U.Va. Students Participate in Internships Through Parents Program Grants

Sept. 19, 2006 -- For Rebecca Elliot, a University of Virginia anthropology major, a summer internship with the Foreign Service Institute was an ideal way for her to learn about U.S. foreign policy and to get a sense of what a career in government might be like.

“This was the most enriching and challenging summer of my life,” said Elliott, who produced a 42-page self-study guide on Southern Africa to be used by U.S. government personnel. “I can’t say that I’m completely sure what I want to do after college, but this internship was a rare opportunity to acquire a depth of understanding and to hear honest appraisals of what is, to me, a very promising career track.”

Matthew Burnham, a systems engineering major, had a vastly different internship experience, joining 27 other students on an eight-week cross-country bicycle trip that included stops at four locations to work with local Habitat for Humanity projects. The internship was with Bike and Build.

“Chiefly, my motivation to serve humanity was profoundly deepened by experiencing both the generosity of our hosts and the impact we made on the lives of the people we, in turn, served,” said Burnham of his experience.

Elliott and Burham were among 15 University of Virginia students who received $2,500 grants from the University’s Parents Program designed to support students who choose to participate in unpaid public service internships. Established in 2005, the Parents Program Internship Grants helped students to participate in program throughout the world.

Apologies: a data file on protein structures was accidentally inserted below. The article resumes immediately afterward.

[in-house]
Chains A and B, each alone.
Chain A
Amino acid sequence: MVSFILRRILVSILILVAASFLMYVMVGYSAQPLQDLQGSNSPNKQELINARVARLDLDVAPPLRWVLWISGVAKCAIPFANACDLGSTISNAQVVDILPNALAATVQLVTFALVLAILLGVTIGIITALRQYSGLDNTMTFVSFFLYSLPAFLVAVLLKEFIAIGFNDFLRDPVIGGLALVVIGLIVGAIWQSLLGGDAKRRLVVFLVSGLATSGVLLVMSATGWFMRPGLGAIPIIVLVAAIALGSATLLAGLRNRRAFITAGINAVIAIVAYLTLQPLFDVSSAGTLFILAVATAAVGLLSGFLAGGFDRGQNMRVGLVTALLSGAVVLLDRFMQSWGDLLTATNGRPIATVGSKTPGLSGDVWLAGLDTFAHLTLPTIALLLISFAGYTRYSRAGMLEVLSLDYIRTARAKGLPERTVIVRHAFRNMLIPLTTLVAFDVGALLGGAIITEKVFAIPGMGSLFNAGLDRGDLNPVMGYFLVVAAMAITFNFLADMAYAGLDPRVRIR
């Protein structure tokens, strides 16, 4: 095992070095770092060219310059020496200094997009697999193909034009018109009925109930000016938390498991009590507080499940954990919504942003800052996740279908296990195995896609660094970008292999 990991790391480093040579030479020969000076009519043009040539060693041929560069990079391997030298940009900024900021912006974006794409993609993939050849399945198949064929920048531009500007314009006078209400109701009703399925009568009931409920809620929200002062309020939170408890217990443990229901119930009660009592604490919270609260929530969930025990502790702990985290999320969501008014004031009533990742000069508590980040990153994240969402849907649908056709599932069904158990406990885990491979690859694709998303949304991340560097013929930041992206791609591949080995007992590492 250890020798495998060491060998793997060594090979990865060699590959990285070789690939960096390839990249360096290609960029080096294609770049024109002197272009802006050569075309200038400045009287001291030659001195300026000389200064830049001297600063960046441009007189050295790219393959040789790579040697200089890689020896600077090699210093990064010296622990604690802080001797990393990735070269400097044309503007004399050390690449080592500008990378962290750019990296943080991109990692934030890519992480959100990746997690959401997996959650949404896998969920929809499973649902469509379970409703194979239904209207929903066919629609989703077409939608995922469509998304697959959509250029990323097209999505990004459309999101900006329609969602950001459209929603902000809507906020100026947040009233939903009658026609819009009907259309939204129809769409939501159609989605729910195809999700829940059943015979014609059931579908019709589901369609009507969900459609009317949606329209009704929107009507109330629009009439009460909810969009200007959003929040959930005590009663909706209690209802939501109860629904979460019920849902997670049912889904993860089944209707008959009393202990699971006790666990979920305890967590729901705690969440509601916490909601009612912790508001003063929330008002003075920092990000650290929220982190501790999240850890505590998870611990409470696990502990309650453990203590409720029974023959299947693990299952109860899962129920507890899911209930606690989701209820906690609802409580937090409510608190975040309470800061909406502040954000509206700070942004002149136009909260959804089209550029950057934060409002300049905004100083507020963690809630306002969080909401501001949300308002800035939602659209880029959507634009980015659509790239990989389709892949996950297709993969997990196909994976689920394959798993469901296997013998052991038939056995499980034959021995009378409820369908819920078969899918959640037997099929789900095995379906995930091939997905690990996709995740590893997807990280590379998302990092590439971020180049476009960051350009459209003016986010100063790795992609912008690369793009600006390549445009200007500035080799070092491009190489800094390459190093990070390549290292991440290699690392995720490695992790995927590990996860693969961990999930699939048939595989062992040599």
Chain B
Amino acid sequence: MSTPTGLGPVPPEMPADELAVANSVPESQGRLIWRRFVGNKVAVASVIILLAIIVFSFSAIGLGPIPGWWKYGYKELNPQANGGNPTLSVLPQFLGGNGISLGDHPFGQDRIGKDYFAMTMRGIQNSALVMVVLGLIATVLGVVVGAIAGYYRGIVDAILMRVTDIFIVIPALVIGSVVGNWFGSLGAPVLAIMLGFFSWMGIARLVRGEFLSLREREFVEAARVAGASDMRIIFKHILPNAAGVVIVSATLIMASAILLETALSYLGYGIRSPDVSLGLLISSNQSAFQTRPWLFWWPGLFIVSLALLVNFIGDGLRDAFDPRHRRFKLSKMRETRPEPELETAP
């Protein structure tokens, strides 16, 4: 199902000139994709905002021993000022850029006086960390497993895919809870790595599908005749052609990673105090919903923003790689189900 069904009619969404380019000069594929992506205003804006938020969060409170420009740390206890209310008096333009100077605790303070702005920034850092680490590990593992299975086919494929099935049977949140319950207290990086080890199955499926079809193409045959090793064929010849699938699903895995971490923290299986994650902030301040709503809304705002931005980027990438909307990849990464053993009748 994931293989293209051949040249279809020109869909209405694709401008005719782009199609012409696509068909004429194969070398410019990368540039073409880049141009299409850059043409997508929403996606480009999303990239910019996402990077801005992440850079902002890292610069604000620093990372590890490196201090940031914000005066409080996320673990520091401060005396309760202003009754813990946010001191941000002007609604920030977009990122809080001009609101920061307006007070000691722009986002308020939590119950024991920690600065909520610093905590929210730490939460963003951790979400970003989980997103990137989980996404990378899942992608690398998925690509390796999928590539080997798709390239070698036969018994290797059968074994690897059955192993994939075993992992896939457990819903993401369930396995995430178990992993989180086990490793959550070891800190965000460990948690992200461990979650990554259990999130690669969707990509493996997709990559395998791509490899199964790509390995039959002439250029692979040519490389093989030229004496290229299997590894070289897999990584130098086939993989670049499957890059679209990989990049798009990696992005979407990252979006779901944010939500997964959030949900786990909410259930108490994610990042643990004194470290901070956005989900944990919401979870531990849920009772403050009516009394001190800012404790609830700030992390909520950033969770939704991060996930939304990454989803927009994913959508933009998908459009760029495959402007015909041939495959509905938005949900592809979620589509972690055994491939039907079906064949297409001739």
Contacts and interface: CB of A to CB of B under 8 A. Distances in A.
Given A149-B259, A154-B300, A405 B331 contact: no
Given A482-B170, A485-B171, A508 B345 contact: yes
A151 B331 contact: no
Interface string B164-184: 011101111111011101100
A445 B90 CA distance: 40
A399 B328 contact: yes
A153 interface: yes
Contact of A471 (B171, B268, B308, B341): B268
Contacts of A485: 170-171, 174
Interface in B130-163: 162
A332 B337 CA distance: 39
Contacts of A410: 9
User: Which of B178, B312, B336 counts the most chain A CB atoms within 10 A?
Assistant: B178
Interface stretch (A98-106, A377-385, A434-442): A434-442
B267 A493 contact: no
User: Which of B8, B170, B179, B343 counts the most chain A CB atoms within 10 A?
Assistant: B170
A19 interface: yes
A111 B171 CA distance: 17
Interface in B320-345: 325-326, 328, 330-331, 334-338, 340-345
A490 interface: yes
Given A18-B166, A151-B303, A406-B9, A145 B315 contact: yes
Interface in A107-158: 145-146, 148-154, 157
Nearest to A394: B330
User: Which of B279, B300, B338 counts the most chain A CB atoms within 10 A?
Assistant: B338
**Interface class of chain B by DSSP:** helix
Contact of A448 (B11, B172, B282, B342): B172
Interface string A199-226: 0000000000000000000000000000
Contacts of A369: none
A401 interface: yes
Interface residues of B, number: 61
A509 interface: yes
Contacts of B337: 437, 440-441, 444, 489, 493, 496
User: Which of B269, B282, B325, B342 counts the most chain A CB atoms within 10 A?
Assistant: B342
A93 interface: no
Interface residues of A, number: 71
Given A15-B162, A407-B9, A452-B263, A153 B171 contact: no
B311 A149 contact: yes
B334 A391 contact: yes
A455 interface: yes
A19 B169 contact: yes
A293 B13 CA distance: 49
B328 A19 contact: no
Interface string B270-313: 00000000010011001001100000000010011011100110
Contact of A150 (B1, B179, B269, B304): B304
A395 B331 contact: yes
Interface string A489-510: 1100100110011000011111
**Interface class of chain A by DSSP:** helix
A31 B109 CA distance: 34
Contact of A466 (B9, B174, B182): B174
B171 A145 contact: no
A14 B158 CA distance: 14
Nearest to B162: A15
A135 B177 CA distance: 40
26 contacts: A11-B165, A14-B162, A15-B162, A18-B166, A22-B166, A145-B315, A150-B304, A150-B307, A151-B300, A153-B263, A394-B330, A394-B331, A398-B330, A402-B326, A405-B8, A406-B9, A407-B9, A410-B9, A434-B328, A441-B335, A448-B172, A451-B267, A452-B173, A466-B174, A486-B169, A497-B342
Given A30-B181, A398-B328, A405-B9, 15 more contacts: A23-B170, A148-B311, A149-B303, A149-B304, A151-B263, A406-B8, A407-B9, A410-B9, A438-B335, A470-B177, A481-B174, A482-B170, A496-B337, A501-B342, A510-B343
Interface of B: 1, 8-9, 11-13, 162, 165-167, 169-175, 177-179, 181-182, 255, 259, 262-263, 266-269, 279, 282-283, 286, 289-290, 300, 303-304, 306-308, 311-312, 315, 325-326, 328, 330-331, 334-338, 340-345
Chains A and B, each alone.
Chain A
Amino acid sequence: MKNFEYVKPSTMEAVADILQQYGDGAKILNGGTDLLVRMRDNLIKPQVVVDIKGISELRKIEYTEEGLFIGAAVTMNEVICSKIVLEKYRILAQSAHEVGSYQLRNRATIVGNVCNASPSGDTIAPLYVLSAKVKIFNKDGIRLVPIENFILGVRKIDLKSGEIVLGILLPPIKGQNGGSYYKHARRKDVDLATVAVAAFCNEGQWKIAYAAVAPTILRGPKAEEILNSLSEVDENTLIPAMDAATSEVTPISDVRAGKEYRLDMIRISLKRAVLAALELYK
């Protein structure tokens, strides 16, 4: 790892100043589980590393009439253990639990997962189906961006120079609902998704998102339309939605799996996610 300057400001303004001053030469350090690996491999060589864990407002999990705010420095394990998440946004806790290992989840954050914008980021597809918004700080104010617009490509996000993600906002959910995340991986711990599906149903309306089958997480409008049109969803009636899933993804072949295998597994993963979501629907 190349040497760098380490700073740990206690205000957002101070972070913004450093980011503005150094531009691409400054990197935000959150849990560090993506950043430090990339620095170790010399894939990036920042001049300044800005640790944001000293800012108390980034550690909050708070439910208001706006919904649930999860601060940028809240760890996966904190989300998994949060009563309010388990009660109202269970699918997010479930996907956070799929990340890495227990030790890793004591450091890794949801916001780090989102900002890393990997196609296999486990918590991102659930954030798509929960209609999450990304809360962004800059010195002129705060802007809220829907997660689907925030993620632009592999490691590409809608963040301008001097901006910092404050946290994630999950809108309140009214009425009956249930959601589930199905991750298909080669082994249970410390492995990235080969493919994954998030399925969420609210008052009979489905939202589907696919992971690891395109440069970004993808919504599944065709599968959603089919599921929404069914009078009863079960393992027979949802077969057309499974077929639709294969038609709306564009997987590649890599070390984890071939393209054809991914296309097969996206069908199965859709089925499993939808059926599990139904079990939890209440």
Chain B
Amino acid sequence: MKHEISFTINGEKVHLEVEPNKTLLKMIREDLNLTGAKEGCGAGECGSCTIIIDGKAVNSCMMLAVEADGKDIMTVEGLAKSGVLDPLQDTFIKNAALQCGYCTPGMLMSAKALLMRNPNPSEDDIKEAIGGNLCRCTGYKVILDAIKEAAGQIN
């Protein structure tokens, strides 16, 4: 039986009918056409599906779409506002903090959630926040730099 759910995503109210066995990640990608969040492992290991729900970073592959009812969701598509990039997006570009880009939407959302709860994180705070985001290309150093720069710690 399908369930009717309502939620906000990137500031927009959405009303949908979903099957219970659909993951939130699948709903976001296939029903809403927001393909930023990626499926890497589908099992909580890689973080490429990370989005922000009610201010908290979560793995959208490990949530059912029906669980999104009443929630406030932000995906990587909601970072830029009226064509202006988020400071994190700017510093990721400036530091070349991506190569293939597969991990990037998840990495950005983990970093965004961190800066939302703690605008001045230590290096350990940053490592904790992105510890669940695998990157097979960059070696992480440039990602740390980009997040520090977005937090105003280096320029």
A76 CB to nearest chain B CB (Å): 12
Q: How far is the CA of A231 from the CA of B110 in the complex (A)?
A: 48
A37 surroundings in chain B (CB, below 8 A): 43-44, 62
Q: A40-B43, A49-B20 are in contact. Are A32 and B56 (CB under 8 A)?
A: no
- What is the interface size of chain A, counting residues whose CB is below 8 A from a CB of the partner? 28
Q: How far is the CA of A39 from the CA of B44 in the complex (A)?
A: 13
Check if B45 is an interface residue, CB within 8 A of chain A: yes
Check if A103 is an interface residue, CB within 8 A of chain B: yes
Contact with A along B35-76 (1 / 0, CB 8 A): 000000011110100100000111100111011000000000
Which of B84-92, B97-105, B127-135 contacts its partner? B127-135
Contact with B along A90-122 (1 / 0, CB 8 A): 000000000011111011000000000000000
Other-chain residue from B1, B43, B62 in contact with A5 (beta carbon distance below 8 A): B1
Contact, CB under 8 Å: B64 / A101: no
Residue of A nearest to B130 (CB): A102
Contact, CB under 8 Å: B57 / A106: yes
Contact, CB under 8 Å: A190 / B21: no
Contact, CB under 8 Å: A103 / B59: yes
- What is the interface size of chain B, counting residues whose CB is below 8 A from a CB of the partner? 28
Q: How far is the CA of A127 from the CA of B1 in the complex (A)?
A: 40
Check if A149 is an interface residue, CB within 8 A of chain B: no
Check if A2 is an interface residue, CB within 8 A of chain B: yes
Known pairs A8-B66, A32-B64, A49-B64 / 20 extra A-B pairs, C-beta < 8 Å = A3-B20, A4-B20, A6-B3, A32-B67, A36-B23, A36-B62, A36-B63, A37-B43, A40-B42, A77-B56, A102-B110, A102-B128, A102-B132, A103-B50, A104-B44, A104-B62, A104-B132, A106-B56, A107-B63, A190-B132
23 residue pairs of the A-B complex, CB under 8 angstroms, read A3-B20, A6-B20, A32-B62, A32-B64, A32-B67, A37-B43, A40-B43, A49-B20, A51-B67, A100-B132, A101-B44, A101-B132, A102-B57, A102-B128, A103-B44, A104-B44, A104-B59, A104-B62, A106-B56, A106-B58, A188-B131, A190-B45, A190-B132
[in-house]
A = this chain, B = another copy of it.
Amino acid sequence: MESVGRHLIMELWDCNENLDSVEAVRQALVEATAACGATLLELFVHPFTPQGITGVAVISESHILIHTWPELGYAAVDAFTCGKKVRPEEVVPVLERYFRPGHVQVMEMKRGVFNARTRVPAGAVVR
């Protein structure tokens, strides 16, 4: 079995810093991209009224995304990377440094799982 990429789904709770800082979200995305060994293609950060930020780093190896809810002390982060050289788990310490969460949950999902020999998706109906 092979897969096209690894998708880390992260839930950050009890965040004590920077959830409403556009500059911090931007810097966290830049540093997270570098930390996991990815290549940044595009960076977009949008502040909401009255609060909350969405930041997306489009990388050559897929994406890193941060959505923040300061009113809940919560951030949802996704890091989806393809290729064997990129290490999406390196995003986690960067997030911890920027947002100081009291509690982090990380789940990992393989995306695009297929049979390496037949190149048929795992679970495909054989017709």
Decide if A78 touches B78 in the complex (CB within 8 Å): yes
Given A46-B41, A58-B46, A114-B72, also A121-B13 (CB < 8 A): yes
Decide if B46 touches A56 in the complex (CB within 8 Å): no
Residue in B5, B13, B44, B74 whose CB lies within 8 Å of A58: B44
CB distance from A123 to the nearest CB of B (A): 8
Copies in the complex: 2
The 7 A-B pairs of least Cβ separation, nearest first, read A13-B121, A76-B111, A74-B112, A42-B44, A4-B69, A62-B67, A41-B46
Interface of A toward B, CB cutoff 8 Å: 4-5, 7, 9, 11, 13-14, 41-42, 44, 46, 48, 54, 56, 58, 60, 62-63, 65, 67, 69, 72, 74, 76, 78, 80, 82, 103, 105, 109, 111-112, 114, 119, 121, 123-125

The range of internships pursued by the students this summer was wide. For instance, English major Danya Atiyeh was with the U.S. Department of Justice and International Affairs in Washington; foreign affairs major Chantal Boucher was with UNICEF Convention on the Rights of the Child in Geneva, Switzerland; and German and Commerce major Maya Kumazawa was at the Ministry of Economics, State of Hessen, in Wiesbaden, Germany. While many internships provide stipends for participants, most nonprofits cannot afford to pay their interns, noted James L. McBride, executive director of University Career Services. That can mean that students who are interested in working with nonprofit groups are lured away by their need for summer income.
“We saw this program as an opportunity to build on the University’s goal of making public service opportunities for students a point of special emphasis,” McBride said

Elliot said that the Parents Program grant made all the difference in her ability to get the most out of her internship.

“Washington is an expensive city, and many of my colleagues went into debt to participate in this internship,” she said. “I was saved this kind of stress because I had a grant to sustain me.  I didn’t have to get another part time job, which freed me up to appreciate more of D.C. — its museums, monuments, concerts, and so forth.”